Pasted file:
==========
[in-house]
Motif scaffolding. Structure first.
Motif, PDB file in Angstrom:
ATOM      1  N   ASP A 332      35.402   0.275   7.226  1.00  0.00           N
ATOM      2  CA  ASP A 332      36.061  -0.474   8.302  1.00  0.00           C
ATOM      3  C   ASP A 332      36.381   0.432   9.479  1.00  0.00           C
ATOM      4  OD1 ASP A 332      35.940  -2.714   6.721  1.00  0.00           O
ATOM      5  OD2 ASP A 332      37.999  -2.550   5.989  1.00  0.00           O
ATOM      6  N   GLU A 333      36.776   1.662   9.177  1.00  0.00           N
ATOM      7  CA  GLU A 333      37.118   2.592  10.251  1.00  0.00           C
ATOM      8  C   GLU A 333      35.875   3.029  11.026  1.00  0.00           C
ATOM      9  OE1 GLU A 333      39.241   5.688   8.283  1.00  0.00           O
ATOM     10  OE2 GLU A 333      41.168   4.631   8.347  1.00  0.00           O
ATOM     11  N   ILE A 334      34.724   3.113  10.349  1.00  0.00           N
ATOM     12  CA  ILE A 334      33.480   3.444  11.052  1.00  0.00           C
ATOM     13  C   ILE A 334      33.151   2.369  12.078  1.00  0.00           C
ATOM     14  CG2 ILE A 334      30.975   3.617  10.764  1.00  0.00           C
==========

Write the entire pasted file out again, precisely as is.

[in-house]
Motif scaffolding. Structure first.
Motif, PDB file in Angstrom:
ATOM      1  N   ASP A 332      35.402   0.275   7.226  1.00  0.00           N
ATOM      2  CA  ASP A 332      36.061  -0.474   8.302  1.00  0.00           C
ATOM      3  C   ASP A 332      36.381   0.432   9.479  1.00  0.00           C
ATOM      4  OD1 ASP A 332      35.940  -2.714   6.721  1.00  0.00           O
ATOM      5  OD2 ASP A 332      37.999  -2.550   5.989  1.00  0.00           O
ATOM      6  N   GLU A 333      36.776   1.662   9.177  1.00  0.00           N
ATOM      7  CA  GLU A 333      37.118   2.592  10.251  1.00  0.00           C
ATOM      8  C   GLU A 333      35.875   3.029  11.026  1.00  0.00           C
ATOM      9  OE1 GLU A 333      39.241   5.688   8.283  1.00  0.00           O
ATOM     10  OE2 GLU A 333      41.168   4.631   8.347  1.00  0.00           O
ATOM     11  N   ILE A 334      34.724   3.113  10.349  1.00  0.00           N
ATOM     12  CA  ILE A 334      33.480   3.444  11.052  1.00  0.00           C
ATOM     13  C   ILE A 334      33.151   2.369  12.078  1.00  0.00           C
ATOM     14  CG2 ILE A 334      30.975   3.617  10.764  1.00  0.00           C